Caretaker government in Bangladesh

Are there any other countries besides Bangladesh where the incumbent government is formally replaced by a caretaker in the period immediately before a general election? I do not know of such a case.

There have been several days of rioting in Bangladesh as the main parties have failed to agree on who the interim leader should be. Now the President has been sworn in as interim head, but the primary opposition party, the Awami League, does not recognize him for this role.

In fact, unlike the presidencies in most parliamentary democracies, Bangladesh’s presidency is in no way a neutral and primarly ceremonial figure. He is appointed by the same majority as that which appoints the prime minister and cabinet, and to the same term. He is thus a bad candiate for a “caretaker” role.

But the very idea of a caretaker to administer elections is rather odd. Given the history of government intervention in elections in Bangladesh, the aim of a neutral campaign-period government is sensible, but this institutional “solution” is clearly less optimal than would be the establishment of an independent electoral commission. In fact, arguably the chimera of a neutral caretaker government–and the resulting conflict over who will head it–is worse than leaving the incumbent government to administer the elections, as is the case everywhere else that I know of.

I acknowledge the work of SK, a student from last spring’s Institutional Engineering and Democracy course, who wrote a really interesting paper on elections and institutional reform in Bangladesh.

0 thoughts on “Caretaker government in Bangladesh

  1. I am very pleased to find some discussion on bangladesh’s transitionary period on this blog. The caretaker system is indeed an interesting system and, as stated earlier, the result of underlying distrust in the election commission. It is unfortunate that this underlying root causes that necessitated a caretaker government – that is distrust in the election commission have not been addressed since 1991. Now you have a situation where neither the election commission, nor the caretaker government is acceptable to the opposition, and another three bodies lie bloodied in the streets of dhaka.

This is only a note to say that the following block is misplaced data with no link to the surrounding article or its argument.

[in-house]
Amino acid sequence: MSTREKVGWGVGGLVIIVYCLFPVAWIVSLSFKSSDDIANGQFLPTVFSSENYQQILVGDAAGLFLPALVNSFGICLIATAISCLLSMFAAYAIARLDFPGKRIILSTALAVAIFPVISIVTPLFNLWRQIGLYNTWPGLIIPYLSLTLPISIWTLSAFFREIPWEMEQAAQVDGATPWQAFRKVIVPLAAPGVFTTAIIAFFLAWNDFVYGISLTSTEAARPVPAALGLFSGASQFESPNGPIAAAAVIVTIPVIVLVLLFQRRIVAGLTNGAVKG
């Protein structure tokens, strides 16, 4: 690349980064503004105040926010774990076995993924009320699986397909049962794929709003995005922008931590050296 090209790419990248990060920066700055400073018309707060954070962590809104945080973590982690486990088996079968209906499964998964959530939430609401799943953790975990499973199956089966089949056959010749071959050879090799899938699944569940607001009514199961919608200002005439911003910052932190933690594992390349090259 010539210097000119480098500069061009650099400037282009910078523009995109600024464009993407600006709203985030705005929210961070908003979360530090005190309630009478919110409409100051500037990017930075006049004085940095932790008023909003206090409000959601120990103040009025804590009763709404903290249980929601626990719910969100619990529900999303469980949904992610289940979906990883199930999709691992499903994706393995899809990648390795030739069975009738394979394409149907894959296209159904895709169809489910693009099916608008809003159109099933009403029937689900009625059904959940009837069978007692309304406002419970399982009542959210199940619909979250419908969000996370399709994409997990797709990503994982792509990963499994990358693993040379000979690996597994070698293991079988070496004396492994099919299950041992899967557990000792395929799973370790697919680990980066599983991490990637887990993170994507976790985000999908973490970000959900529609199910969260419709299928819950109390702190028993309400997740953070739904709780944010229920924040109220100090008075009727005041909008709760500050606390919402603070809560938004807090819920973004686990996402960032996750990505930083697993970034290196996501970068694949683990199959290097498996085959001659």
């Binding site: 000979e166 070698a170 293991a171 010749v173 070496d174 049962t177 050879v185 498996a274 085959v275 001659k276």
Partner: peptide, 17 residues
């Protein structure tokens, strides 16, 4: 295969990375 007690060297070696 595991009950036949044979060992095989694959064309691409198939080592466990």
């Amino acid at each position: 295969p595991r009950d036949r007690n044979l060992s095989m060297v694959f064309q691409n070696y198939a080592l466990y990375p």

Much of what occurs politically appears to be only loosely based on legal rules, and largely based on precedent – such as the appointment of non-elected deputy commissioners as returning officers as the chief electoral authority in each of the 66 administrative districts.

    It is also very interesting that parties negotiate within their respective coalitions which partner has the opportunity to run within particular constituencies (300) in all. For example, within the four-party alliance that governed the country before the current transitional period, the BNP may have secured its position to run candidates in 200 constituencies, Jamaat-Islami the opportunity to run in 50 constituencuies, etc, etc. What this means for developing party poltics in a country where candidates secure thier own right to run through a combination of political muscle and money, and where party platform apparantly means little is interesting. I am actually hoping that this posting will stimulate a little bit of debate around this topic. Are there other first past the post systems where coalitions negotiate – or pre-determine their structure in this way? What does this mean for party politics and the free choice of voters?

  2. I know an electoral system where the parties had to negotiate within each coalition which party would fight for which constituency.

    In the general elections of 1994, 1996 and 2001 in Italy a mixed system (3/4 SMD, 1/4 PR) was used. It replaced a fully PR system with many parties. It was intended to facilitate a two-party-system, but it created a two-coalition-system and a broad scala of parties survived within these two coalitions.

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  5. The caretaker government of Fakruddin Ahmed has tainted the concept of 90 day concept launched in 1991 after fall of despicable dictator Ershad.

    The Fakruddin government has failed miserably. It is basically an implanted fascist military-backed junta imposed on democracy-loving people of Bangladesh by the brutal fascist Bush-Cheney duo and the World Bank-IMF-UN-EU clique exporting conflicts abroad away from mainland US and Europe to destabilize international affairs to their advantage.

    Fakruddin is far worse than Iajuddin, the BNP appointed president who was the first one to pollute and contaminate the much acclaimed ‘caretaker’ concept in 2006. In it’s wake the international money making mafia implanted a low key employee from world bank to sign deals and contracts under an unelected fascist unconstitutional government. This is exactly what the brutal barbarian regime of Cheney (Bush is just a pawn-he hardly understands any geopolitics!) is doing everywhere in the world to secure energy resources all over the world.

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